Once you have completed and passed your studies, you may want to get certified as an engineer. This will often mean passing a theoretical and practical exam with a certification body. Certification is a good way to prove your knowledge and skills to prospective employers and may even be a requirement for some roles. Some territories will also require you to get a licence to work.
These steps are just the beginning of your journey as a professional engineer. You will want to continue learning and developing your skills (perhaps with the support and assistance of a Professional Institute), improving your career prospects and salary at the same time!
Becoming a materials engineer, like any professional engineering discipline, takes hard work and dedication, so what are the benefits of entering the profession?
1. Transferable Skills
Materials engineering can provide you with a wide range of skills that can be used in different fields, meaning that you can work in a range of different sectors and projects.
2. International Travel
Materials engineering can open up opportunities for travel with your work or even to be based overseas.
3. Make a Difference
Your work as a materials engineer can make a genuine difference to the world around you. Whether it is for healthcare, the environment, transport, defence or manufacturing, your expertise can help solve real world problems.
Being an advanced field with interest from industry and governments, materials engineering can be a very well-paid career, with opportunities in sectors including high-tech industries, research, academia, and government, among others.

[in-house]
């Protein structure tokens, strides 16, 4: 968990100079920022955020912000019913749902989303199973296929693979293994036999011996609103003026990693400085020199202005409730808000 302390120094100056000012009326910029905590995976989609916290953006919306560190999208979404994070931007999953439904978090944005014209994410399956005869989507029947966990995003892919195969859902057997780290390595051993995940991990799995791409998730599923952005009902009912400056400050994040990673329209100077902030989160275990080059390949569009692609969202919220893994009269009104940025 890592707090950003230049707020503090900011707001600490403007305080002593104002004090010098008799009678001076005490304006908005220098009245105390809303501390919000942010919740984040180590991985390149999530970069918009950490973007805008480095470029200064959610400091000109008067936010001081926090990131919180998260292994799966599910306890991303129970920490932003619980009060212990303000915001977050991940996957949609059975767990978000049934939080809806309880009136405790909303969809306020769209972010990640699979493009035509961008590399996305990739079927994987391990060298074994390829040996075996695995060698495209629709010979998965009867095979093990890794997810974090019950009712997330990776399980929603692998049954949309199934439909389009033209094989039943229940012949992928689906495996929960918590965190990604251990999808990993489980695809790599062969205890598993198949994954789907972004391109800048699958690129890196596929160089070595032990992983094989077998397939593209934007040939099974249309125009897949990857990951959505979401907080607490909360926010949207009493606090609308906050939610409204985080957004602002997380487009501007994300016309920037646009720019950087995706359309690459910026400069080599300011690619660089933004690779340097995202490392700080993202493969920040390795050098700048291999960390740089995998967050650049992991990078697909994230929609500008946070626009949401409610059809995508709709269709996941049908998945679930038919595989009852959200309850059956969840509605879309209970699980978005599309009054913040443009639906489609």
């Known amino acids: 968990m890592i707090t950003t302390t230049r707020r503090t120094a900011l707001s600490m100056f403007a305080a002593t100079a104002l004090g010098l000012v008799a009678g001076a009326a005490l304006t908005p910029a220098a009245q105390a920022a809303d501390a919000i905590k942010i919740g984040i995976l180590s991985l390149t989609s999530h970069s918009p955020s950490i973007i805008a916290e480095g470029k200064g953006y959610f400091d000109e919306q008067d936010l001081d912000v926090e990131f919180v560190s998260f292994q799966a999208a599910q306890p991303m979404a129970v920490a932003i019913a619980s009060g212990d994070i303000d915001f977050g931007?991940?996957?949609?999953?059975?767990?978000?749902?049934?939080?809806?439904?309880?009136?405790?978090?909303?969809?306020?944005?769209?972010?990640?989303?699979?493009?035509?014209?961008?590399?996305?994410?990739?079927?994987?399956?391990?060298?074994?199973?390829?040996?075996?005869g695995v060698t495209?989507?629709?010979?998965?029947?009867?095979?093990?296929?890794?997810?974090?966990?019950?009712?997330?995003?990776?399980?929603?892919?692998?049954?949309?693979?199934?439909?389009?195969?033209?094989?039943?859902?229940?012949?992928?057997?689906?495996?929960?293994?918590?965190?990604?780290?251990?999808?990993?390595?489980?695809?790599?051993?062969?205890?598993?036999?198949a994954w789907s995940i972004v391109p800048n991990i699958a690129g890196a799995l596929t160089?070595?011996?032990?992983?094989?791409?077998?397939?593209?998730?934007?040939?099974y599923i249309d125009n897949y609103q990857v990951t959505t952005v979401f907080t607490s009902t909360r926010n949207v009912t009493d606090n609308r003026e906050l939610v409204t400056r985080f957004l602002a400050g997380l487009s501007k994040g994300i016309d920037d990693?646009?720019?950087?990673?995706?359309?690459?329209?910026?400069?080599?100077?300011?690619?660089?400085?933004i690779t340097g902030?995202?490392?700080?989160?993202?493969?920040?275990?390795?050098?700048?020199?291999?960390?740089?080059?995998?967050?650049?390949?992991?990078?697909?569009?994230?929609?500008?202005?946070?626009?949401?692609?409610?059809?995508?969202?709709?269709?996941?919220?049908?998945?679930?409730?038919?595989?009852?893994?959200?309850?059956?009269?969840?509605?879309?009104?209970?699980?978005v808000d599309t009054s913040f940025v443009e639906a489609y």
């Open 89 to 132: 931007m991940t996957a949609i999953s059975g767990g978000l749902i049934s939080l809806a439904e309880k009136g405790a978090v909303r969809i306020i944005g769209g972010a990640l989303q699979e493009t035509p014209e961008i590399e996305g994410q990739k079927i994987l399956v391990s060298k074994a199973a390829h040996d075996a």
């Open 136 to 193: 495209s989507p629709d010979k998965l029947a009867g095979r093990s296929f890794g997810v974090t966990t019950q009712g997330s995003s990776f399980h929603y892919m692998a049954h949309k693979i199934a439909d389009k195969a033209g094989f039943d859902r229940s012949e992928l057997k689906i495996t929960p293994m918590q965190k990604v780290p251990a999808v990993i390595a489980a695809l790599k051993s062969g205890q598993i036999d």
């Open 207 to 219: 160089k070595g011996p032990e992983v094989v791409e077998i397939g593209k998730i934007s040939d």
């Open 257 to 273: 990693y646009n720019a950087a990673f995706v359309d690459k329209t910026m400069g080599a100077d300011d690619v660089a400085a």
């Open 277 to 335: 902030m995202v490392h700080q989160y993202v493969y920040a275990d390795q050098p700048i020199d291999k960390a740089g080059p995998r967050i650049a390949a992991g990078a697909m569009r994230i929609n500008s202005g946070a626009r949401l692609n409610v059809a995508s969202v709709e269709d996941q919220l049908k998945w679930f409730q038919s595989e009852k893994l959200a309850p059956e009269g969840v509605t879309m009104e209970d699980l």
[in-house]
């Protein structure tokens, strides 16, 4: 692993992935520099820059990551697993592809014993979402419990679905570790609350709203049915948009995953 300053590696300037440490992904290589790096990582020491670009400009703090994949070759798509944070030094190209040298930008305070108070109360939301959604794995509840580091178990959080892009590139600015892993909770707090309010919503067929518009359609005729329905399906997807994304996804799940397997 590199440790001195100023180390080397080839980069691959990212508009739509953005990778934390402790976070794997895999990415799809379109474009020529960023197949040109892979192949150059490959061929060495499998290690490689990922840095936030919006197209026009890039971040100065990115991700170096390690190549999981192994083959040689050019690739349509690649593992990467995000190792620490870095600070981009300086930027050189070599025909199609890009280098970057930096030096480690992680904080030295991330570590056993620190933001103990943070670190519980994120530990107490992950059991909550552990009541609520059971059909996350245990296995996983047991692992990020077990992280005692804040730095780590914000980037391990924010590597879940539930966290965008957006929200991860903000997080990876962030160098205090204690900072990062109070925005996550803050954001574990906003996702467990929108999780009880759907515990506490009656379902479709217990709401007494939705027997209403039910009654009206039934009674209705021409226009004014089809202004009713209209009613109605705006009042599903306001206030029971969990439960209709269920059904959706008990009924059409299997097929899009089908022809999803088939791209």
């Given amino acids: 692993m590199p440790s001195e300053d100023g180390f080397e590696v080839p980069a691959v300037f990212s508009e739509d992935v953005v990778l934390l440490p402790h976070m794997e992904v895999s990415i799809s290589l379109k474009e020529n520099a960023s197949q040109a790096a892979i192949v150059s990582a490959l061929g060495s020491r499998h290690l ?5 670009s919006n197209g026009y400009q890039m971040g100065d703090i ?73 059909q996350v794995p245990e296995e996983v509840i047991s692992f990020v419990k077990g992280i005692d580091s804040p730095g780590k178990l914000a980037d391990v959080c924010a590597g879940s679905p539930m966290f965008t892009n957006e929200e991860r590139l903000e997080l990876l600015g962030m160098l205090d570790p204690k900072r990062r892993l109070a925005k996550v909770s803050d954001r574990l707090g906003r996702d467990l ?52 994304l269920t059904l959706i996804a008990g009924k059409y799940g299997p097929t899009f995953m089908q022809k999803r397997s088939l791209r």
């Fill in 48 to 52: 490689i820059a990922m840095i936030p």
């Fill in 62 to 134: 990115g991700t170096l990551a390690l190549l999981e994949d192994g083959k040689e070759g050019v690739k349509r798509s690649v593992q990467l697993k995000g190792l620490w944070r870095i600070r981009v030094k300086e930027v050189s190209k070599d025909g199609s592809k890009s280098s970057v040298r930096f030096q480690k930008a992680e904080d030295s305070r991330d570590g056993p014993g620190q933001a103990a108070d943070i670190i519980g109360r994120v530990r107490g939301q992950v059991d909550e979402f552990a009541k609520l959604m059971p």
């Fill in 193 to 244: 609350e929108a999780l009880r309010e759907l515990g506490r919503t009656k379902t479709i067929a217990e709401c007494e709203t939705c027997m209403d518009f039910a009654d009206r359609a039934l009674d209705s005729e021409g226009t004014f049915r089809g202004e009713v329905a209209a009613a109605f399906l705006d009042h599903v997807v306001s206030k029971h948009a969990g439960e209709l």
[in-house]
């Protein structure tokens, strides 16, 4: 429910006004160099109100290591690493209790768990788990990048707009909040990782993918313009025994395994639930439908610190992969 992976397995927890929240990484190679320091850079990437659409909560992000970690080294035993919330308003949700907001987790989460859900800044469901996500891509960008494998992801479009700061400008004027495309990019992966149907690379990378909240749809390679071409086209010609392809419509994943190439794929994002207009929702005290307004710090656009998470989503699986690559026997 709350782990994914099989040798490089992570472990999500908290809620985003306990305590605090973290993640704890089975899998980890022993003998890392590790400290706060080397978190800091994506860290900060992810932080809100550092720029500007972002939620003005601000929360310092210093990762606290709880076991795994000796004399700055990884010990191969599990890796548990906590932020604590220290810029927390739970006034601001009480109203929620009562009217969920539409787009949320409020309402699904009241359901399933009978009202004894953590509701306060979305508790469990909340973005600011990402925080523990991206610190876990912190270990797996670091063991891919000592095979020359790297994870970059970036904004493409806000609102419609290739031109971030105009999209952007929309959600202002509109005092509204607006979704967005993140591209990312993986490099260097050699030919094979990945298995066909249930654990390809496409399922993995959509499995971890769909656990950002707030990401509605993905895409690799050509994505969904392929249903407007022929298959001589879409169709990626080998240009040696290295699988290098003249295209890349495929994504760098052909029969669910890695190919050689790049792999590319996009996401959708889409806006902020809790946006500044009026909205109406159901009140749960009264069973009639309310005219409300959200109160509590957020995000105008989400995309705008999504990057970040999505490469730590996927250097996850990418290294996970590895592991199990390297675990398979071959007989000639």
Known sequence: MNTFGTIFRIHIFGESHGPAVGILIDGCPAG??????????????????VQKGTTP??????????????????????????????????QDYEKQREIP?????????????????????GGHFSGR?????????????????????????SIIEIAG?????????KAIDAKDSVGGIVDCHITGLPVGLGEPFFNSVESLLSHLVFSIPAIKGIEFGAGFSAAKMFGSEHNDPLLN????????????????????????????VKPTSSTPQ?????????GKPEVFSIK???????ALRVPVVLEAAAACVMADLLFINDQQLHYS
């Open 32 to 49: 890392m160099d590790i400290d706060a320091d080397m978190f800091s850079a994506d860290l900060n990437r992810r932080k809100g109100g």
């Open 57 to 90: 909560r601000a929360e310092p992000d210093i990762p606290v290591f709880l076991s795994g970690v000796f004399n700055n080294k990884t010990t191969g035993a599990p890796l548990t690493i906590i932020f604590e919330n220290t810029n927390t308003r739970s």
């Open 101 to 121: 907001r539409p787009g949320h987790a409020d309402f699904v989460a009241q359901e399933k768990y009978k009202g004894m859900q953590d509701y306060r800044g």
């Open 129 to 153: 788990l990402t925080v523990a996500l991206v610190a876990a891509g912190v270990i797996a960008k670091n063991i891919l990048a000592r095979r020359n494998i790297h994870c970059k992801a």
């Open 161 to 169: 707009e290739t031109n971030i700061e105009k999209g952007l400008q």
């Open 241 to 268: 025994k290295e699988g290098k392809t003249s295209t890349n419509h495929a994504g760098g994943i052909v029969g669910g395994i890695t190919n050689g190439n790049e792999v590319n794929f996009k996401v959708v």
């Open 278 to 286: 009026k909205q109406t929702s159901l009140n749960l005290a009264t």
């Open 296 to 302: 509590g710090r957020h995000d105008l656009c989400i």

There is a level of cross-over between the knowledge, training and qualifications needed for materials engineering and materials science, but they are not exactly the same. Just as the roles of scientists and engineers differ, so do the disciplines of materials science and engineering.
These differences take in the varying focus, responsibilities, and working environments of materials engineers and materials scientists.
Science, including materials science, is primarily concerned with research, but materials engineering is more focused on materials for developing and optimising new products and processes.
Materials scientists identify and create new products for testing, as well as the best methods to do so, while materials engineers work to improve product manufacturing and also modify materials to improve products and processes. As a result, engineers tend to have more management responsibilities as they need to interact with different levels of business.
Materials science is often specialised work conducted in a laboratory setting. Materials engineers, meanwhile, may work in laboratories but can also often be found in offices and at manufacturing plants.
As noted above, materials engineers can be found work in a range of different environments, facilities and industries – each with their own specific specialities and expertise.